|Opening Salvo: Pt. 1|
|Condition Zebra Set|
|by Rich Baker|
ondition Zebra, our third expansion to the Axis & Allies Naval Miniatures game, is launching in just a few short weeks. As a sneak preview we're going to take a look at a few of the interesting new models in the upcoming set with a four-part Opening Salvo. You might think you already know what's going to be in Condition Zebra because of the set list's appearance in our recently revised Starter box, but we've got a few surprises for you in the mix of new abilities and game play!
To get things started, we're going to look at a pair of carriers—the Nihon Kaigun's Junyo, and the Béarn of France's Marine Nationale.
Like a number of other early aircraft carriers, Béarn didn't begin life as a flattop. She was laid down in 1914 as a Normandie-class battleship. Converted to a carrier while under construction, she was completed after World War I ended. She shared several key flaws with other carriers of her generation; no one had developed any real experience in carrier operations in the early days of naval aviation, and the importance of speed and good aircraft handling facilities simply wasn't understood while Béarn was being built. By 1939, she was unsuitable for combat flight operations, but she was the only carrier in the French fleet—the more modern Joffre was years away from completion. Despite her drawbacks, Béarn performed valuable service as an aircraft transport. After the French surrender she was interned at Martinique, but she rejoined the Allies in 1943 and served for the duration of the war.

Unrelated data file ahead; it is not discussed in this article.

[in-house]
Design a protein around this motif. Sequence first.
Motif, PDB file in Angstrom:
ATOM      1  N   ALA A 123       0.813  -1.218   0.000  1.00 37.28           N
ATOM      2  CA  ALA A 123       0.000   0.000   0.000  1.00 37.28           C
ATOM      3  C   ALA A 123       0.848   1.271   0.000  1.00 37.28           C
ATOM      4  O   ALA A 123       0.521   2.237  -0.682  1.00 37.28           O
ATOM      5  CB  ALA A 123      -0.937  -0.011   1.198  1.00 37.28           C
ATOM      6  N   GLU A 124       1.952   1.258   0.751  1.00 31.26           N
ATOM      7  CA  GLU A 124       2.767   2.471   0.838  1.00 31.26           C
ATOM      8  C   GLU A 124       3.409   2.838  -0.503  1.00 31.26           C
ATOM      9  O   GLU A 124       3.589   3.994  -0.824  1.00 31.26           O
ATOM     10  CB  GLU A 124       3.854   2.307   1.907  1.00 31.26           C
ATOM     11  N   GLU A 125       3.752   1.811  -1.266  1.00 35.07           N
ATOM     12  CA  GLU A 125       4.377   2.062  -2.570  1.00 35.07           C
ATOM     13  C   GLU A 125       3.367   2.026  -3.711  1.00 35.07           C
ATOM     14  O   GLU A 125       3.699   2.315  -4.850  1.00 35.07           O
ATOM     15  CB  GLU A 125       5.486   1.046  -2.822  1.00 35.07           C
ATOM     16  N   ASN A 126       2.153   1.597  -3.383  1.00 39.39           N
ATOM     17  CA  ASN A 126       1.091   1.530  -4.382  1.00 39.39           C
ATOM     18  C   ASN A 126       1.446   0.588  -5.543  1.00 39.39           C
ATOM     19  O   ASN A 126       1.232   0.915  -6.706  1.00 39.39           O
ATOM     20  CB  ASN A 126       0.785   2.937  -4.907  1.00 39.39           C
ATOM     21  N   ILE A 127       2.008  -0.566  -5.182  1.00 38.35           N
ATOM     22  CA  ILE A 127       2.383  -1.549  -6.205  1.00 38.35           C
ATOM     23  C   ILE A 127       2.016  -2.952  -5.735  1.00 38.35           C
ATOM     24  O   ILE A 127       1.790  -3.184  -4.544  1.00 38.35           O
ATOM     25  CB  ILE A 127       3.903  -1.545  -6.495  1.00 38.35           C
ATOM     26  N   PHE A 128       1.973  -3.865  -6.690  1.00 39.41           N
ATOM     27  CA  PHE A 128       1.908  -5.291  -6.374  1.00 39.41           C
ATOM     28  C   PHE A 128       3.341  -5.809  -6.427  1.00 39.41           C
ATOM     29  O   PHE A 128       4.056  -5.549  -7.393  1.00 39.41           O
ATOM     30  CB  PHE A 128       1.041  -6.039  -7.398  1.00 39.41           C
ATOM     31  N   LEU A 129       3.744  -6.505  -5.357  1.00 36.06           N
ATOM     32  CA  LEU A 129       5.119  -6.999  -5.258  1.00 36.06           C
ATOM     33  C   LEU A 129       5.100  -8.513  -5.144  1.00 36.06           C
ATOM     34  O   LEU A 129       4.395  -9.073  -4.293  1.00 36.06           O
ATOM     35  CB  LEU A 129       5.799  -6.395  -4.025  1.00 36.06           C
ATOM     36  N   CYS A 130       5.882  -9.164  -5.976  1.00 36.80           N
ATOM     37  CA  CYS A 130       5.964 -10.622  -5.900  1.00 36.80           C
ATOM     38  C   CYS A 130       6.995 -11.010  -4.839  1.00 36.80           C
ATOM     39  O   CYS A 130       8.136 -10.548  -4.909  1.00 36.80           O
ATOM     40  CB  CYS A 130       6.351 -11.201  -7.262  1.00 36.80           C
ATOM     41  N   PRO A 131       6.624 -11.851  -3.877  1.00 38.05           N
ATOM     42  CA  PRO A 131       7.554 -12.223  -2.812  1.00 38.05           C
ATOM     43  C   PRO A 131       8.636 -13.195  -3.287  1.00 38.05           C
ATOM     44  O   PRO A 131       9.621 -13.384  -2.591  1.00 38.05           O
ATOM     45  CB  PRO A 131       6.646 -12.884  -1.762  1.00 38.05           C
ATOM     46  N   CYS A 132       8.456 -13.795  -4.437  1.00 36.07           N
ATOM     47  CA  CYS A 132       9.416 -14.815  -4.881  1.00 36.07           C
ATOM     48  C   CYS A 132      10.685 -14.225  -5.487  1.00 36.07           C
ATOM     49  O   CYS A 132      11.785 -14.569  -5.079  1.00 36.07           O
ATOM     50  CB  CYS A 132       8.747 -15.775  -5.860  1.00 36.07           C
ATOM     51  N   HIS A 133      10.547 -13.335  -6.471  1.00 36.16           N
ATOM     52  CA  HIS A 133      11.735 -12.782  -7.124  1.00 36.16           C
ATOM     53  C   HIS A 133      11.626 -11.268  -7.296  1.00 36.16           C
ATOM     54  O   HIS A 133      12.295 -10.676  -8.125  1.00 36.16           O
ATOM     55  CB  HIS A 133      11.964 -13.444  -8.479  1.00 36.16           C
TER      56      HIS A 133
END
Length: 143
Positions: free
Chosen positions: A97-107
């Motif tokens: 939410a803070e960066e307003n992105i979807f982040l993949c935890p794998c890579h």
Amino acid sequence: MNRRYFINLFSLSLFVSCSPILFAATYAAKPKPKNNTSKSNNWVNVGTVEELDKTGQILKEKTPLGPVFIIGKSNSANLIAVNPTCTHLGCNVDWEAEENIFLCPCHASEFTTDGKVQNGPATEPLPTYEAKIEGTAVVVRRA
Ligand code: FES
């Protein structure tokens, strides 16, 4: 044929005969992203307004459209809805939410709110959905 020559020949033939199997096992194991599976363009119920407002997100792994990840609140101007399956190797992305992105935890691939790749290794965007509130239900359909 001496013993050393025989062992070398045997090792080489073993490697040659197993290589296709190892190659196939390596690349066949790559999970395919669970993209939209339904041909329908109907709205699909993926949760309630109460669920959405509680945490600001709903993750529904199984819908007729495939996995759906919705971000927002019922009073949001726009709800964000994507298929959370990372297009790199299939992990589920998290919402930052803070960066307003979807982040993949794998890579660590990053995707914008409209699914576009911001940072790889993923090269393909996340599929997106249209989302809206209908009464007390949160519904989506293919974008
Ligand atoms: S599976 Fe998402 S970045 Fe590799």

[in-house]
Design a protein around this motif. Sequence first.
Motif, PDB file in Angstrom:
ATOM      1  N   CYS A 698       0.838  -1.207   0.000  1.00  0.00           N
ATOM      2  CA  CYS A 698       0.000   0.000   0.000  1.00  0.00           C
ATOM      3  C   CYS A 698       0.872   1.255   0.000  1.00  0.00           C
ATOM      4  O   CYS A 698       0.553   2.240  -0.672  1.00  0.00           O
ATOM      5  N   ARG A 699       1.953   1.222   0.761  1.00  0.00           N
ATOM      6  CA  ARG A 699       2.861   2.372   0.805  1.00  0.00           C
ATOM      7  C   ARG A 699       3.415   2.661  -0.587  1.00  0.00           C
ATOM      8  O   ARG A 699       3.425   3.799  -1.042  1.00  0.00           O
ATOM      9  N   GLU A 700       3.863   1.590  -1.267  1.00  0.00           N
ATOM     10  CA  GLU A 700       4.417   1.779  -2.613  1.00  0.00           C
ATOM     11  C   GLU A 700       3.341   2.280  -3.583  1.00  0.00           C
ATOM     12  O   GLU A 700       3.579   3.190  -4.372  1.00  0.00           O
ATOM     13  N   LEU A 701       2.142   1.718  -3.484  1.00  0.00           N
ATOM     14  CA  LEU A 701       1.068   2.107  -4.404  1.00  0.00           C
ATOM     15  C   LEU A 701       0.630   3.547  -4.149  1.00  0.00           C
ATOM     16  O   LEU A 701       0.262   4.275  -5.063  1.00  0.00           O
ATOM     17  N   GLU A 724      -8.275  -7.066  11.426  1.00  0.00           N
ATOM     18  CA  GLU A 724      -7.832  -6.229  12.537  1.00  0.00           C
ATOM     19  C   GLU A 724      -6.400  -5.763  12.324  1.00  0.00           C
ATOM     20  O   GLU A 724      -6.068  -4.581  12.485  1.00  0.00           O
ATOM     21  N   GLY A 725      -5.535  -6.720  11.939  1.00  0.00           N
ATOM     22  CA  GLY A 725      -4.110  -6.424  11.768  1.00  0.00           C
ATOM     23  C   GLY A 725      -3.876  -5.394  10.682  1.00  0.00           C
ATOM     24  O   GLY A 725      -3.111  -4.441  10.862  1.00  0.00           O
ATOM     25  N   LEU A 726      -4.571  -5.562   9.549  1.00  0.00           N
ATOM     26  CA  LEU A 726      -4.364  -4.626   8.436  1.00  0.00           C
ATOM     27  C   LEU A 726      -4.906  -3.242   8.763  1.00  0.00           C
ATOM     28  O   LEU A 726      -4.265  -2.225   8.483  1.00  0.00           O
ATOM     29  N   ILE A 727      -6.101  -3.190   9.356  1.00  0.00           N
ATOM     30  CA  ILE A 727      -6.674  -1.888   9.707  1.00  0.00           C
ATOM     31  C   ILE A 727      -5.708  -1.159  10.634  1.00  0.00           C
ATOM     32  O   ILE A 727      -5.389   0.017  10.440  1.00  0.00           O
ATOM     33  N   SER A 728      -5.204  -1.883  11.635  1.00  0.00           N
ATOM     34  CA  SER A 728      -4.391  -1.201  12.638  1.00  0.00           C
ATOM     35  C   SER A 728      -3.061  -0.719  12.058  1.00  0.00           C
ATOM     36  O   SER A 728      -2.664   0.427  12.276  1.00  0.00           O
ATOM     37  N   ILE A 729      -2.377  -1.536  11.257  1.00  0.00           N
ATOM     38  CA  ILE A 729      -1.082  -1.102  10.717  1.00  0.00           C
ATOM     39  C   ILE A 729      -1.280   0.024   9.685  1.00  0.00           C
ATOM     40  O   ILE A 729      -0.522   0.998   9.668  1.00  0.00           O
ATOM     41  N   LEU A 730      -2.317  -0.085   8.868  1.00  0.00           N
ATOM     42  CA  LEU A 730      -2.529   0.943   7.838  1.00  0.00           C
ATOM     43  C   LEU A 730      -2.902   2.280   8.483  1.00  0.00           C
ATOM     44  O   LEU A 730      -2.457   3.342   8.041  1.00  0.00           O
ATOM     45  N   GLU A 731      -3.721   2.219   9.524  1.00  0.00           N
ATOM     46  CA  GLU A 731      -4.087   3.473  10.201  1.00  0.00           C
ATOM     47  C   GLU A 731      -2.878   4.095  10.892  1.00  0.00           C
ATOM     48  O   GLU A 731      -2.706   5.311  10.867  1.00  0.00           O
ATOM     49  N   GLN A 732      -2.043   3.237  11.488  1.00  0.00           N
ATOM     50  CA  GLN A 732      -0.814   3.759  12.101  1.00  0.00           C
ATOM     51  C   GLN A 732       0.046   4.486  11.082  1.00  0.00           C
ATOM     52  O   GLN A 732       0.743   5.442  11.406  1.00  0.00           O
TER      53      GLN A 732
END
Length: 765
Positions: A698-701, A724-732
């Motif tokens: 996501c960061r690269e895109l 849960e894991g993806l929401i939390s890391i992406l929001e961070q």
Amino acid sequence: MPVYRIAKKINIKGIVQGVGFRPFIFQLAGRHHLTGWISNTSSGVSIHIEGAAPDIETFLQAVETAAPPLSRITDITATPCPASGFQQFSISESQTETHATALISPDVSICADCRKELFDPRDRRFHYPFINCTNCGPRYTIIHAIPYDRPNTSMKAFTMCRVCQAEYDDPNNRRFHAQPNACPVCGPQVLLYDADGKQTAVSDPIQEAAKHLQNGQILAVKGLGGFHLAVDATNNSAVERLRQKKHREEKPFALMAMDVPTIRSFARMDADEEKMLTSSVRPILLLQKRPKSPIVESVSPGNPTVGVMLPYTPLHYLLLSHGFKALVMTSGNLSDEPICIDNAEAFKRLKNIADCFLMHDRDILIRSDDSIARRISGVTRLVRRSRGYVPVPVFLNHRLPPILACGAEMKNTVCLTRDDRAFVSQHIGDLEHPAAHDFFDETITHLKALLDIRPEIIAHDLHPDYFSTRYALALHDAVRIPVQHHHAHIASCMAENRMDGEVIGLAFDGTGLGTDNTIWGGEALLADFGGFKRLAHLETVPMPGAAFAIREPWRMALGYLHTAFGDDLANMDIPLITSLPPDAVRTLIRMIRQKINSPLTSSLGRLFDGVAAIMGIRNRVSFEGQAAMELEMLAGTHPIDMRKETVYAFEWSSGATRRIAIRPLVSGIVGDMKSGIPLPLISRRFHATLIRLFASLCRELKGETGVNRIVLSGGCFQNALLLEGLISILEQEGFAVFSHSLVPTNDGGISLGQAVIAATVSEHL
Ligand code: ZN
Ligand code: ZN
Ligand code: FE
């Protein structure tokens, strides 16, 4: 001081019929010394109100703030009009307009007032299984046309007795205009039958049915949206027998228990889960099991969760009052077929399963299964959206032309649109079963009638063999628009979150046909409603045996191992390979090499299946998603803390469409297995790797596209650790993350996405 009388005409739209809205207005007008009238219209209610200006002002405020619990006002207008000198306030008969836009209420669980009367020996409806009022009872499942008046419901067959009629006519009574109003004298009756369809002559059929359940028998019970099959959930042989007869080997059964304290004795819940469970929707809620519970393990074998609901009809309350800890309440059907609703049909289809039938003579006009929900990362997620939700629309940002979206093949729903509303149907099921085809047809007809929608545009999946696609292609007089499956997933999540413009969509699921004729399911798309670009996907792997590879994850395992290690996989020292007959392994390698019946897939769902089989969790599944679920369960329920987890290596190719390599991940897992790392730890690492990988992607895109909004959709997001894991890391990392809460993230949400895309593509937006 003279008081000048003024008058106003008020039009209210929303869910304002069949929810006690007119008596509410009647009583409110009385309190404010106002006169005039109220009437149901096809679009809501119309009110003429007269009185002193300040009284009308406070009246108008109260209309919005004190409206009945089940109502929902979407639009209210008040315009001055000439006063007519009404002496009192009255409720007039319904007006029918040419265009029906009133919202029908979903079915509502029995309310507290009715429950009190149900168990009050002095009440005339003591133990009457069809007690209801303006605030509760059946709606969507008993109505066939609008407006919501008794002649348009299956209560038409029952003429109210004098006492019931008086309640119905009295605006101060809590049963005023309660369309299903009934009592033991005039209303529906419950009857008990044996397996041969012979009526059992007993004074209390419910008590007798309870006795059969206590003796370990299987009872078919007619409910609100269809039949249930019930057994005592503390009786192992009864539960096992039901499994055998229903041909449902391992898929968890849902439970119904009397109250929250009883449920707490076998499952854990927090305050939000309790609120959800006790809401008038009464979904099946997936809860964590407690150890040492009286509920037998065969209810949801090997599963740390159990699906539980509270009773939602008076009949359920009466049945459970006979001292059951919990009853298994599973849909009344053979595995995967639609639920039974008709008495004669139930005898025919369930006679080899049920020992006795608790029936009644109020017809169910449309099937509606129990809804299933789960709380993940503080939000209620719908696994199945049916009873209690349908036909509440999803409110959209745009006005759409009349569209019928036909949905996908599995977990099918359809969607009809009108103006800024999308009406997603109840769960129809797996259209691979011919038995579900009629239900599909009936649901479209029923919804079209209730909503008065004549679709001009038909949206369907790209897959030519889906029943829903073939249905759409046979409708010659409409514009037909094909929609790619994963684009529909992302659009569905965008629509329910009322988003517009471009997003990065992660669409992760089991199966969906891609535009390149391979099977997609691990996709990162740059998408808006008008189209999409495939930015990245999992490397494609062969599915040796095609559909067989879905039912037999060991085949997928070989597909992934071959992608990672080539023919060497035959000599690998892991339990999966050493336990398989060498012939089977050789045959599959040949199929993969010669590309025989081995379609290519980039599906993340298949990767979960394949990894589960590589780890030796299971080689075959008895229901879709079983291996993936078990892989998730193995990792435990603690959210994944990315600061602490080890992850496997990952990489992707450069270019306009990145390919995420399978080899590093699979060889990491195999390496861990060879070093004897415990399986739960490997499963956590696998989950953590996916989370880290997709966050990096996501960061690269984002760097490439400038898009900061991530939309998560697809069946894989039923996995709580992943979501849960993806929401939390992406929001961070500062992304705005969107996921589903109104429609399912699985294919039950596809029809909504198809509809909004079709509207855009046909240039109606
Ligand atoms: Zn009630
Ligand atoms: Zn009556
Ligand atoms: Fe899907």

Gameplay: As a carrier, Béarn has only two virtues: She gets the Marine Nationale into naval aviation, and her battleship genealogy means that she's a reasonably rugged ship. She's best suited for basing a Wildcat, Martlet, or D.520 along with a V-156 Vindicator. Keeping fighter cover over a fleet each round is useful, while the sting of Poor Facilities can be ameliorated by careful timing to combine a rearming dive bomber with an attack by land-based air assets. Just don't expect her to win many sprints for the objectives!
The Junyo likewise wasn't laid down as a carrier. In 1940 the Imperial Japanese Navy took over construction of the large passenger liner Kashiwara Maru and began converting her to a fleet aircraft carrier. Junyo was ready for service in the spring of 1942, and took part in the Aleutian operation staged simultaneously with the attack on Midway. She was slower than the other large Japanese carriers and couldn't manage a full-sized air group, but after the Japanese losses at Midway, Junyo was one of only four large carriers remaining in the fleet, and she was pressed into action. On two different occasions, she survived heavy damage that should have sunk her. The first was the Battle of the Phillipine Sea (20 Jun 1944), when she was hit by two heavy bombs; the second was the night of 9 Dec 1944, when she was struck by three submarine torpedoes but escaped, listing, on one engine.
Gameplay: Although she was classified as a fleet carrier, Junyo is really a light carrier, basing two squadrons. She is unique among Japanese carriers in that she has Determination, an "escape certain death" ability inspired by her evident success in surviving heavy damage. Paired up with the D4Y1 Judy (12 points) she can launch a dive-bombing attack almost as good as the best US combinations.
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